Astronomers using the NASA/ESA Hubble Space Telescope have found the most distant star ever discovered. The hot blue star existed only 4.4 billion years after the Big Bang. This discovery provides new insight into the formation and evolution of stars in the early Universe, the constituents of galaxy clusters and also on the nature of dark matter.
The international team, led by Patrick Kelly (University of Minnesota, USA), Jose Diego (Instituto de Física de Cantabria, Spain) and Steven Rodney (University of South Carolina, USA), discovered the distant star in the galaxy cluster MACS J1149-2223 in April 2016. The observations with Hubble were actually performed in order to detect and follow the latest appearance of the gravitationally lensed supernova explosion nicknamed “Refsdal”, when an unexpected point source brightened in the same galaxy that hosted the supernova.
Astronomers have used Hubble to make an incredible discovery — they have observed the most distant star ever seen. The bright blue star existed only 4.4 billion years after the Big Bang. This incredible distant star allows astronomers to learn more about the formation and evolution of stars in the early Universe. Credit: ESA
“Like the Refsdal supernova explosion the light of this distant star got magnified, making it visible for Hubble,” says Patrick Kelly. “This star is at least 100 times farther away than the next individual star we can study, except for supernova explosions.”
The observed light from the newly discovered star, called Lensed Star 1 (LS1) was emitted when the Universe was only about 30 percent of its current age — about 4.4 billion years after the Big Bang. The detection of the star through Hubble was only possible because the light from the star was magnified 2000 times.
This animation shows the effect of strong gravitational lensing, which can also be seen in the galaxy MACS J1149-2223. The mass of the galaxy cluster bends and magnifies the light of more distant objects in the background, making them appear brighter and hence allows telescopes to see them; it also leads to multiple images of the same object. This way Hubble detected the most distant star know to date, called LS1. Credit: ESA/Hubble, L. Calçada
“The star became bright enough to be visible for Hubble thanks to a process called gravitational lensing,” explains Jose Diego. The light from LS1 was magnified not only by the huge total mass of the galaxy cluster, but also by another compact object of about three times the mass of the Sun within the galaxy cluster itself; an effect known as gravitational microlensing.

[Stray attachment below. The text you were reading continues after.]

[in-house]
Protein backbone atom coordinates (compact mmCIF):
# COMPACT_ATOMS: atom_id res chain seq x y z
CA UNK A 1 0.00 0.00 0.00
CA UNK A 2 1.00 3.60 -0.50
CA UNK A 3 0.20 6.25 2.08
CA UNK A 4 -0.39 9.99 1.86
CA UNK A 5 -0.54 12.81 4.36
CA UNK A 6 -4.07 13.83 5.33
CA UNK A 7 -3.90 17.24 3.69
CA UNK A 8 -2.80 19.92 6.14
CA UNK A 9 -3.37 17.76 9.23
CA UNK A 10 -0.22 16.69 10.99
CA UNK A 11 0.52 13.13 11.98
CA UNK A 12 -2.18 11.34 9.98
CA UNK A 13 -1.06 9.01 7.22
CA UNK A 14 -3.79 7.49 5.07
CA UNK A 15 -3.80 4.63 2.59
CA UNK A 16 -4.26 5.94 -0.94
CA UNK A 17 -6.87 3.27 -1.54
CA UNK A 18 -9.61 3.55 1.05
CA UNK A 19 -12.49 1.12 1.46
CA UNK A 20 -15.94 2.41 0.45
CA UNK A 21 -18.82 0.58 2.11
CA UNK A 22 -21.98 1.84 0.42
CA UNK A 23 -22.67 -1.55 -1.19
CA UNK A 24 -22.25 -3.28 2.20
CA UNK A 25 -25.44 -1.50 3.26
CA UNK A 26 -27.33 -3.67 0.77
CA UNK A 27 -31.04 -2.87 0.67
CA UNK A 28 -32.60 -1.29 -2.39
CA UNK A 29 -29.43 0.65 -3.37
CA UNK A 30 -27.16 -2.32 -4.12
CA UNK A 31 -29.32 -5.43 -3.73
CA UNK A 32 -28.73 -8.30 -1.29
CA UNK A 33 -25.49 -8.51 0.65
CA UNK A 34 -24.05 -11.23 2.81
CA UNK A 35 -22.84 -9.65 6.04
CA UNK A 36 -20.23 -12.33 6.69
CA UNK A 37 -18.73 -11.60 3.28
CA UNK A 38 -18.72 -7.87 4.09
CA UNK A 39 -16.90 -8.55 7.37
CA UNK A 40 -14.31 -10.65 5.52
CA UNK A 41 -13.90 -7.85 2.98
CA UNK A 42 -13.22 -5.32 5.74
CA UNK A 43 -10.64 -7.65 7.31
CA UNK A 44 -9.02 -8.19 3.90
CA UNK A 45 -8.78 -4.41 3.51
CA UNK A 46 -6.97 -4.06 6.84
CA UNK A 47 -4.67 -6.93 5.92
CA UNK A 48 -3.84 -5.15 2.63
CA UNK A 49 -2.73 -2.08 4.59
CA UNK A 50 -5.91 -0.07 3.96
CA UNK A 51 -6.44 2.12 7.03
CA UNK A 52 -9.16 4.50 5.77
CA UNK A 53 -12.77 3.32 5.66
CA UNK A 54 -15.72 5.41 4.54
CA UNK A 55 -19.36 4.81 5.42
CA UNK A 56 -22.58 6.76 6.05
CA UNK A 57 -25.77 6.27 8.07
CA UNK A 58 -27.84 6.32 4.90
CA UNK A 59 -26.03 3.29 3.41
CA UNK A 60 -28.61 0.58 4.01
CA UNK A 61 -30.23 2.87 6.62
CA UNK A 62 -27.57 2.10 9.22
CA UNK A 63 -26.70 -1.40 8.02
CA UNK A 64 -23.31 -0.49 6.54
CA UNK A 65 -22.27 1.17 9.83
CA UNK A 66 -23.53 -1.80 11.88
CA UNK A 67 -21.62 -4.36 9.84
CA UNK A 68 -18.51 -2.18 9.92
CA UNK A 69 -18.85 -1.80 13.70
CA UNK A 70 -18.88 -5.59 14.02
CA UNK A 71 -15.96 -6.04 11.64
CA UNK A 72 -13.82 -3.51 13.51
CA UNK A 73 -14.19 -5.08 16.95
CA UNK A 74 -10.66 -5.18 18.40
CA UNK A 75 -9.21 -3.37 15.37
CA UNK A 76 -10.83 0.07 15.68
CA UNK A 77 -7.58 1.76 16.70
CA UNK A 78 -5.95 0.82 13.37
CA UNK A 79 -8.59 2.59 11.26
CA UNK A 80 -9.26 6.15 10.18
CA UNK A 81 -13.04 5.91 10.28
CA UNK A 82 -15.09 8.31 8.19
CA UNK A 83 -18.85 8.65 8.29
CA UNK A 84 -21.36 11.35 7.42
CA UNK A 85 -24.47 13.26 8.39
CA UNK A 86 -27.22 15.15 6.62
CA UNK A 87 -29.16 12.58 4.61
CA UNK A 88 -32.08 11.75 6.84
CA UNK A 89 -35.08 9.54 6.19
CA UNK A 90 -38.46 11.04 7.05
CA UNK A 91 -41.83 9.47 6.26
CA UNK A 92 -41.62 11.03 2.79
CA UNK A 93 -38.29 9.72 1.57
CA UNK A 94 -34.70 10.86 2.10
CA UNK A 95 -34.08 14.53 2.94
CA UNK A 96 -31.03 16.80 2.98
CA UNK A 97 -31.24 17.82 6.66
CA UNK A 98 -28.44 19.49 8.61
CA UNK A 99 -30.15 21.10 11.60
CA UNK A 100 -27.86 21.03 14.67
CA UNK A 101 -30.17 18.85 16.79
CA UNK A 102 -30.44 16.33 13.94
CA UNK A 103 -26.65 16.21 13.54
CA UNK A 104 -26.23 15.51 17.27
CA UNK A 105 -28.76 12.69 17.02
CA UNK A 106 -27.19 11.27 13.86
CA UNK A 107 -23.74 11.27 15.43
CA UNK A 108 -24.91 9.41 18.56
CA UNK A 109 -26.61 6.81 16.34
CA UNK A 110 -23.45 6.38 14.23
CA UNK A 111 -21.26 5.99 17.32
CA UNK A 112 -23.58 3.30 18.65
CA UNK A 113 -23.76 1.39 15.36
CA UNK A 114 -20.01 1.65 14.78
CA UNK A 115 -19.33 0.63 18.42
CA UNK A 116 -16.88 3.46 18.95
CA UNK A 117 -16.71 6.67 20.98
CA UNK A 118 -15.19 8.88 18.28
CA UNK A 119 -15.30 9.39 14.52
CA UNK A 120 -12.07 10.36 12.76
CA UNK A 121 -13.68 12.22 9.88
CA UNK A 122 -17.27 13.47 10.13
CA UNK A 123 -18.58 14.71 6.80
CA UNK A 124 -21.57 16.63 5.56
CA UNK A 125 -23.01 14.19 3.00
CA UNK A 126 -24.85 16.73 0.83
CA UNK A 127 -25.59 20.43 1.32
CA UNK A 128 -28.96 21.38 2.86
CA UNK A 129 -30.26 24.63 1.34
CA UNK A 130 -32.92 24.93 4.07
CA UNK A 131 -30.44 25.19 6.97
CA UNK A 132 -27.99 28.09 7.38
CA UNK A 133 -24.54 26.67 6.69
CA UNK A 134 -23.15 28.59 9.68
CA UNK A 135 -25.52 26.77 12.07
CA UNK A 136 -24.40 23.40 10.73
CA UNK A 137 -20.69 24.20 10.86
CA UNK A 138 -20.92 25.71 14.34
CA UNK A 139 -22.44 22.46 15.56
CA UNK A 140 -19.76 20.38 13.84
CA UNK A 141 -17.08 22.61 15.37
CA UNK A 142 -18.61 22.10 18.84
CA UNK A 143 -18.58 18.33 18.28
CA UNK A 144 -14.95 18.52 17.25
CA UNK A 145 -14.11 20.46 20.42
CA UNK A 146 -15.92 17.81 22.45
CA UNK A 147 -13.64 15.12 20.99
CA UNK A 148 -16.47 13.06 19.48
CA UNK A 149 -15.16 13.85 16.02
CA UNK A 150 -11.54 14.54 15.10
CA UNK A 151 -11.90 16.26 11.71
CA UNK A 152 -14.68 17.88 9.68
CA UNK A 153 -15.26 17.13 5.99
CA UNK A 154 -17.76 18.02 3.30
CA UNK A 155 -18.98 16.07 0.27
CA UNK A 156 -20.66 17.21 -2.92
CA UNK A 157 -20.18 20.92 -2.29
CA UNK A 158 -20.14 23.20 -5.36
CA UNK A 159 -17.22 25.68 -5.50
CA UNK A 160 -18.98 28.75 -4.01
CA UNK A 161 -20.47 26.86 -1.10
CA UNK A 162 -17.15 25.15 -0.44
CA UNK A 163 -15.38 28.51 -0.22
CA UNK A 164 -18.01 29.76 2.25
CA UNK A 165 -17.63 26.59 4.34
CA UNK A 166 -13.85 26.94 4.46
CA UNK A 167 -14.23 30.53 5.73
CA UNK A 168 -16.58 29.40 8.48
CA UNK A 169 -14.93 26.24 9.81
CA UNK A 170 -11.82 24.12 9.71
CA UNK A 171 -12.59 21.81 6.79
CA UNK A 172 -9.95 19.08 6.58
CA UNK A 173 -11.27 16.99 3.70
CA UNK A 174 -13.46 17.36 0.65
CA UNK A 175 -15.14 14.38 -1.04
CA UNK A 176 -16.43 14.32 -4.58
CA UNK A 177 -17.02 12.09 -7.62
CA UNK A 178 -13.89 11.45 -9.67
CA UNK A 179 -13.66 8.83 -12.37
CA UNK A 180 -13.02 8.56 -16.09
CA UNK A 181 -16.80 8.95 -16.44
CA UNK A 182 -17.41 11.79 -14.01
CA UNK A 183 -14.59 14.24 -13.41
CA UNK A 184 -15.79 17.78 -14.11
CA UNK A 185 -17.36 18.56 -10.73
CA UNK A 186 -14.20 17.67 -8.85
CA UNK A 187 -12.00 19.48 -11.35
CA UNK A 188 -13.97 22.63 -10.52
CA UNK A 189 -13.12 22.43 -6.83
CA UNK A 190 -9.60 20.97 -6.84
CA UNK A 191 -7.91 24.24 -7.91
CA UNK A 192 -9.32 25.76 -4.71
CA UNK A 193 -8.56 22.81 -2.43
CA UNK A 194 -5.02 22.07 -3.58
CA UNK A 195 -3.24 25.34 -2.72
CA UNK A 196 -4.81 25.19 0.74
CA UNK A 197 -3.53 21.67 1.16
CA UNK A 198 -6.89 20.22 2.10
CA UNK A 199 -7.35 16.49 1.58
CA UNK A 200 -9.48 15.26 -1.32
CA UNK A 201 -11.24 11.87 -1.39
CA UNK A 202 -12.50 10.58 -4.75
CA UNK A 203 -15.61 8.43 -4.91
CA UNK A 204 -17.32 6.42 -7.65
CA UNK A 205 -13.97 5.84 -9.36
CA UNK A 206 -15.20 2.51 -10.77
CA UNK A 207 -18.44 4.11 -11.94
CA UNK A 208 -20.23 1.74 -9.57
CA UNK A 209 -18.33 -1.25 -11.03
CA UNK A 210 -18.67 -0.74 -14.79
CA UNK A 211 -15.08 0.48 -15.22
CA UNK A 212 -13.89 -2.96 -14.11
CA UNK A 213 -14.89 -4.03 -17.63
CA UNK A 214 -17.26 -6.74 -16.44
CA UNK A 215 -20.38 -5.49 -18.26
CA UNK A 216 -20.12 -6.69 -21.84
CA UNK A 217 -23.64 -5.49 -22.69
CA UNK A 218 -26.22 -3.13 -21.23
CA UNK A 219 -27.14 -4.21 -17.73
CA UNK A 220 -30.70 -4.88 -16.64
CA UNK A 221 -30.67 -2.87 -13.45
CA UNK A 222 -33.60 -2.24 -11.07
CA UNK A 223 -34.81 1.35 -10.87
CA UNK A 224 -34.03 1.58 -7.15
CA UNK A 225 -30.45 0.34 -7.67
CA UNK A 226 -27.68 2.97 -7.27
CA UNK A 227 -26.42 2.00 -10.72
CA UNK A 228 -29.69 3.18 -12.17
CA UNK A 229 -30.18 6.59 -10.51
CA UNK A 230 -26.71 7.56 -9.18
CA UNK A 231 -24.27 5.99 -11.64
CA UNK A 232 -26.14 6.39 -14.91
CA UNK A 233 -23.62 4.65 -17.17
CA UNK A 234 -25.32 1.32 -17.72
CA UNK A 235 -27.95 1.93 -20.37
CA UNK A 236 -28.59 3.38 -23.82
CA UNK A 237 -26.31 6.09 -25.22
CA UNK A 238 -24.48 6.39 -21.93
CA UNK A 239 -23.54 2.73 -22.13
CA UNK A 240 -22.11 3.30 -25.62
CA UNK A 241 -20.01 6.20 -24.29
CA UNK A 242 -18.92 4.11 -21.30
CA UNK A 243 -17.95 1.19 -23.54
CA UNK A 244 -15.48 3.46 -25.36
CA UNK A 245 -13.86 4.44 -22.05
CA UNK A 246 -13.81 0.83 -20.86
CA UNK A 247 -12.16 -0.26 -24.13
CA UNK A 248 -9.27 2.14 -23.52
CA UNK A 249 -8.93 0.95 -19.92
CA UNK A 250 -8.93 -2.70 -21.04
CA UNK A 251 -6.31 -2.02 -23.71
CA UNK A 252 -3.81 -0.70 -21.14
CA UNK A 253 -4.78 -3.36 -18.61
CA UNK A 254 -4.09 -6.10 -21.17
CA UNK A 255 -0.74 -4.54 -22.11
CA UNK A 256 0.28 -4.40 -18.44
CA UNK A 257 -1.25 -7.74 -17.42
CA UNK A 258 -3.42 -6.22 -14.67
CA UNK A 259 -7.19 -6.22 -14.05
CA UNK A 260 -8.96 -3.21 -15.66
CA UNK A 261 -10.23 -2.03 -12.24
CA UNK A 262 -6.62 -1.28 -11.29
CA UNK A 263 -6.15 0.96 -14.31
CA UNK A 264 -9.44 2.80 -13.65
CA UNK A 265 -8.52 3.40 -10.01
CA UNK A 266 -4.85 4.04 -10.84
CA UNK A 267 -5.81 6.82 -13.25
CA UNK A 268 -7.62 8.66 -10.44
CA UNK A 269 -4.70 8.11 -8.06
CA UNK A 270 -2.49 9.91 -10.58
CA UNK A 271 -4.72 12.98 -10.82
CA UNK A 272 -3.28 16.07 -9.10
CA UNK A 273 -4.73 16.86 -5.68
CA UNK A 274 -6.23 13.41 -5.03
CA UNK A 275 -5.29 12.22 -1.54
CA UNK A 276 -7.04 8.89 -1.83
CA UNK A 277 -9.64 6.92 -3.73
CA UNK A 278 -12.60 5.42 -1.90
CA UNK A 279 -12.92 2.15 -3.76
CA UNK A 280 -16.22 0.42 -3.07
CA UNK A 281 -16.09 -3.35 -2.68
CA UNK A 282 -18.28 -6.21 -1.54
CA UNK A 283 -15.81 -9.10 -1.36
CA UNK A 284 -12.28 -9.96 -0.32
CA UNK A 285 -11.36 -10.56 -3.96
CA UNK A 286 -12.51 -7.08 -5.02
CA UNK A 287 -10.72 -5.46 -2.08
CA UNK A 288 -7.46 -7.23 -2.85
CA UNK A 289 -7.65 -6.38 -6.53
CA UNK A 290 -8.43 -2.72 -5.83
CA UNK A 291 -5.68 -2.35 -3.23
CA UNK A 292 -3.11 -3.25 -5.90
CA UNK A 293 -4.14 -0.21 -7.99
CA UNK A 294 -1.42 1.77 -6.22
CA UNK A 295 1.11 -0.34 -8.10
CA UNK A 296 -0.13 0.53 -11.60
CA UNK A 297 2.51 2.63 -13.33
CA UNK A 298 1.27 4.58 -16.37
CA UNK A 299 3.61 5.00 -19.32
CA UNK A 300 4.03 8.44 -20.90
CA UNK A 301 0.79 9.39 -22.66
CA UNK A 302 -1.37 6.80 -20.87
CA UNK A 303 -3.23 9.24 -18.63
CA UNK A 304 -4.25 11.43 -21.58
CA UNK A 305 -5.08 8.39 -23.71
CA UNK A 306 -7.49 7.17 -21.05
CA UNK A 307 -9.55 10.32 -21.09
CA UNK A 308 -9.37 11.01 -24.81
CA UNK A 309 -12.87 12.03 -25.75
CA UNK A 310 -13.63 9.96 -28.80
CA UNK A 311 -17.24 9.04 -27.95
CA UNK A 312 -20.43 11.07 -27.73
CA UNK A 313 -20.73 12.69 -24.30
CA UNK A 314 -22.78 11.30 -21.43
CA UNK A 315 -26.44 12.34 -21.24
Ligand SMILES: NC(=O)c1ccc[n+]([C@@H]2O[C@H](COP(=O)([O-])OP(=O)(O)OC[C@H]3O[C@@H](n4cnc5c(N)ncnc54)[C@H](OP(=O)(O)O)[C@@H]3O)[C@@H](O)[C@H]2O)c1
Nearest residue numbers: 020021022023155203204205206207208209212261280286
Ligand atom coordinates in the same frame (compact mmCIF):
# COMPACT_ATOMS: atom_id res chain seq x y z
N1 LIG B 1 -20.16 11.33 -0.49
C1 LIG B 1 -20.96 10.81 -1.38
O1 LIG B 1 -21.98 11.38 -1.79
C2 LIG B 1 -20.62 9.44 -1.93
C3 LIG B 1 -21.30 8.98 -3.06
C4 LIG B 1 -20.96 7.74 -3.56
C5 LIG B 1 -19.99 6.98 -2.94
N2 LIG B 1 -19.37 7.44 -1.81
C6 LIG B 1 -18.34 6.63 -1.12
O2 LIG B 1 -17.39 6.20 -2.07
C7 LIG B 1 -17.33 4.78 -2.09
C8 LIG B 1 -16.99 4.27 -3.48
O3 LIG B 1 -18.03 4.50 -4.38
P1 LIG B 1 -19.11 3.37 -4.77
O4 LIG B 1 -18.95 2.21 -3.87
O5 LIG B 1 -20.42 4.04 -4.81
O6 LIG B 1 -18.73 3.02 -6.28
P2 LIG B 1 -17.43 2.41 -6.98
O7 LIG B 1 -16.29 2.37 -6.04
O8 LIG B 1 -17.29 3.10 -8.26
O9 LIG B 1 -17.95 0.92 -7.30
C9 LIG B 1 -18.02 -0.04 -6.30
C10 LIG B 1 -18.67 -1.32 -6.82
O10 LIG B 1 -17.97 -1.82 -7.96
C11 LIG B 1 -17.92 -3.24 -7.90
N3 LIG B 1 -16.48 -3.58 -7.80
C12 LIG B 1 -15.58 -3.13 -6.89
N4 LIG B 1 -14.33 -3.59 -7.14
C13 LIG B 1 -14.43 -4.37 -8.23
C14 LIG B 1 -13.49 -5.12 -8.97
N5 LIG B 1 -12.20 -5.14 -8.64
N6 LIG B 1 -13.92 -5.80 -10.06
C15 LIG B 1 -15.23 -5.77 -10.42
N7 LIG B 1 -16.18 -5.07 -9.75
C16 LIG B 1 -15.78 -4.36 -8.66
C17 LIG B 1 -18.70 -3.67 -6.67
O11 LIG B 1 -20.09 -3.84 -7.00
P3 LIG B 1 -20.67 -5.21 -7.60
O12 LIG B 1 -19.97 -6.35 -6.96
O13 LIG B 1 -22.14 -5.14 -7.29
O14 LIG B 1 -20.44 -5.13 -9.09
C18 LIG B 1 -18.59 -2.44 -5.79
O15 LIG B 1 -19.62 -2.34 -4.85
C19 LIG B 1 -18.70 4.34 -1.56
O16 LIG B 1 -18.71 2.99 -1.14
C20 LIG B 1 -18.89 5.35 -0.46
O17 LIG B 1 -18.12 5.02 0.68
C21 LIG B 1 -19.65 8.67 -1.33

“The discovery of LS1 allows us to gather new insights into the constituents of the galaxy cluster. We know that the microlensing was caused by either a star, a neutron star, or a stellar-mass black hole,” explains Steven Rodney. LS1 therefore allows astronomers to study neutron stars and black holes, which are otherwise invisible and they can estimate how many of these dark objects exist within this galaxy cluster.
As galaxy clusters are among the largest and most massive structures in the Universe, learning about their constituents also increases our knowledge about the composition of the Universe overall. This includes additional information about the mysterious dark matter.
This short clip shows an animation of the B-type supergiant star LS1 which was discovered with the help of gravitational lensing. These stars are extremely luminous and blue in color, with a surface temperature between 11,000 and 14,000 degrees Celsius; making them more than twice as hot as the Sun. Credit: ESA/Hubble, M. Kornmesser
“If dark matter is at least partially made up of comparatively low-mass black holes, as it was recently proposed, we should be able to see this in the light curve of LS1. Our observations do not favour the possibility that a high fraction of dark matter is made of these primordial black holes with about 30 times the mass of the Sun,” highlights Kelly.
After the discovery the researchers used Hubble again to measure a spectrum of LS1. Based on their analysis, the astronomers think that LS1 is a B-type supergiant star. These stars are extremely luminous and blue in color, with a surface temperature between 11,000 and 14,000 degrees Celsius; making them more than twice as hot as the Sun.
But this was not the end of the story. Observations made in October 2016 suddenly showed a second image of the star. “We were actually surprised to not have seen this second image in earlier observations, as also the galaxy the star is located in can be seen twice,” comments Diego. “We assume that the light from the second image has been deflected by another moving massive object for a long time — basically hiding the image from us. And only when the massive object moved out of the line of sight the second image of the star became visible.” This second image and the blocking object add another piece of the puzzle to reveal the makeup of galaxy clusters.
With more research and the arrival of new, more powerful telescopes like the NASA/ESA/CSA James Webb Space Telescope, the astronomers suggest that with microlensing, it will be possible to study the evolution of the earliest stars in the Universe in greater detail than ever expected.